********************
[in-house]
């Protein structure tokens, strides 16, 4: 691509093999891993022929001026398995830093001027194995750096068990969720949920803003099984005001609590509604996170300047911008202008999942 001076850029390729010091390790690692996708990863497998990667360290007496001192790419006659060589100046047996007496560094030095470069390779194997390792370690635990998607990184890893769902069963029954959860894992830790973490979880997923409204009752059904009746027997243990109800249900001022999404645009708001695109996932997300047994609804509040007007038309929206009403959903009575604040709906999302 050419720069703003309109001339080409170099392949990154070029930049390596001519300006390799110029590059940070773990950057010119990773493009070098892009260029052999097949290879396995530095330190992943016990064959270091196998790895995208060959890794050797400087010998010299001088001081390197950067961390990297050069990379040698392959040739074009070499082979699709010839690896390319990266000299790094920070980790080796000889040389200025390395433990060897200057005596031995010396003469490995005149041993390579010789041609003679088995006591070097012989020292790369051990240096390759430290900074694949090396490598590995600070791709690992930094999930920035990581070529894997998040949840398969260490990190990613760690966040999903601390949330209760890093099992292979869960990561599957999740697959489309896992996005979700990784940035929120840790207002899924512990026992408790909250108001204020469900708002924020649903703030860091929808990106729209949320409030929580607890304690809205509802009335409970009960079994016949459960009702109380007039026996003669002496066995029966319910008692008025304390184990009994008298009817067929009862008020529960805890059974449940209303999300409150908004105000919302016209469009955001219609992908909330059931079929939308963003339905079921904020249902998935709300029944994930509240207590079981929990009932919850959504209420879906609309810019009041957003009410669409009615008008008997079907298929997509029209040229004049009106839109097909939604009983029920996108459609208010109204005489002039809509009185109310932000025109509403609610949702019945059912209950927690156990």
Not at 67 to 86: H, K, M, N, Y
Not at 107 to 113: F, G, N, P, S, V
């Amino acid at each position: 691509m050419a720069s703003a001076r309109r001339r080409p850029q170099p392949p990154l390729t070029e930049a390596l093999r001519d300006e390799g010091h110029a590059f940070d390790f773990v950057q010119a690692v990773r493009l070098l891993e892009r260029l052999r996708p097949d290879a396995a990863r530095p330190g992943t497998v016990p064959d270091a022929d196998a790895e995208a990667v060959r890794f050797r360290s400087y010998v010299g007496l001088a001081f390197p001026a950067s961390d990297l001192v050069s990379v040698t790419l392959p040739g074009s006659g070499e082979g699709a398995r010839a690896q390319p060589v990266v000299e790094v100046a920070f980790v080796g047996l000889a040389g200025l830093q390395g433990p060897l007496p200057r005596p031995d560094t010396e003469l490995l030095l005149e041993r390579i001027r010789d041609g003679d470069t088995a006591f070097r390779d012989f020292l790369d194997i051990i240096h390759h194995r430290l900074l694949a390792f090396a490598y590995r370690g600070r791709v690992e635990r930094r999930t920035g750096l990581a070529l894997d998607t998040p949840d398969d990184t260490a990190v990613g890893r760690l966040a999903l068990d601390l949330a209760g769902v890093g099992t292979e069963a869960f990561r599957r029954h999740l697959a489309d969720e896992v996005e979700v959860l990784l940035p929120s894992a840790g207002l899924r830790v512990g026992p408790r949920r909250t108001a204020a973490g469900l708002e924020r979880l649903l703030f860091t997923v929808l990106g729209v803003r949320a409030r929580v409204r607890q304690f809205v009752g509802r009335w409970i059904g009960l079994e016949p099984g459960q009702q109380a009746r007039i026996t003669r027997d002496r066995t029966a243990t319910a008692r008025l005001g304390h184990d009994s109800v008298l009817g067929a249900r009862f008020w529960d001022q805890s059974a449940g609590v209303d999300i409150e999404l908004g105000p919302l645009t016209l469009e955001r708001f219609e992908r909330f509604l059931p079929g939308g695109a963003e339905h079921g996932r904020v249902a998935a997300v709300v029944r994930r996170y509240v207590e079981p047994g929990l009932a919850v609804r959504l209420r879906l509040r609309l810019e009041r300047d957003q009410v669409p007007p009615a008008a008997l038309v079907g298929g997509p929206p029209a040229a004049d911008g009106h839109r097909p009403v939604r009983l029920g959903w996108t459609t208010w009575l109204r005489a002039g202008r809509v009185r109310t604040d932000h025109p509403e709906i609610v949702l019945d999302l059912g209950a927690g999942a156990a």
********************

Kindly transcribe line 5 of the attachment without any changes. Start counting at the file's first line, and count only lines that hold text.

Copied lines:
């Amino acid at each position: 691509m050419a720069s703003a001076r309109r001339r080409p850029q170099p392949p990154l390729t070029e930049a390596l093999r001519d300006e390799g010091h110029a590059f940070d390790f773990v950057q010119a690692v990773r493009l070098l891993e892009r260029l052999r996708p097949d290879a396995a990863r530095p330190g992943t497998v016990p064959d270091a022929d196998a790895e995208a990667v060959r890794f050797r360290s400087y010998v010299g007496l001088a001081f390197p001026a950067s961390d990297l001192v050069s990379v040698t790419l392959p040739g074009s006659g070499e082979g699709a398995r010839a690896q390319p060589v990266v000299e790094v100046a920070f980790v080796g047996l000889a040389g200025l830093q390395g433990p060897l007496p200057r005596p031995d560094t010396e003469l490995l030095l005149e041993r390579i001027r010789d041609g003679d470069t088995a006591f070097r390779d012989f020292l790369d194997i051990i240096h390759h194995r430290l900074l694949a390792f090396a490598y590995r370690g600070r791709v690992e635990r930094r999930t920035g750096l990581a070529l894997d998607t998040p949840d398969d990184t260490a990190v990613g890893r760690l966040a999903l068990d601390l949330a209760g769902v890093g099992t292979e069963a869960f990561r599957r029954h999740l697959a489309d969720e896992v996005e979700v959860l990784l940035p929120s894992a840790g207002l899924r830790v512990g026992p408790r949920r909250t108001a204020a973490g469900l708002e924020r979880l649903l703030f860091t997923v929808l990106g729209v803003r949320a409030r929580v409204r607890q304690f809205v009752g509802r009335w409970i059904g009960l079994e016949p099984g459960q009702q109380a009746r007039i026996t003669r027997d002496r066995t029966a243990t319910a008692r008025l005001g304390h184990d009994s109800v008298l009817g067929a249900r009862f008020w529960d001022q805890s059974a449940g609590v209303d999300i409150e999404l908004g105000p919302l645009t016209l469009e955001r708001f219609e992908r909330f509604l059931p079929g939308g695109a963003e339905h079921g996932r904020v249902a998935a997300v709300v029944r994930r996170y509240v207590e079981p047994g929990l009932a919850v609804r959504l209420r879906l509040r609309l810019e009041r300047d957003q009410v669409p007007p009615a008008a008997l038309v079907g298929g997509p929206p029209a040229a004049d911008g009106h839109r097909p009403v939604r009983l029920g959903w996108t459609t208010w009575l109204r005489a002039g202008r809509v009185r109310t604040d932000h025109p509403e709906i609610v949702l019945d999302l059912g209950a927690g999942a156990a």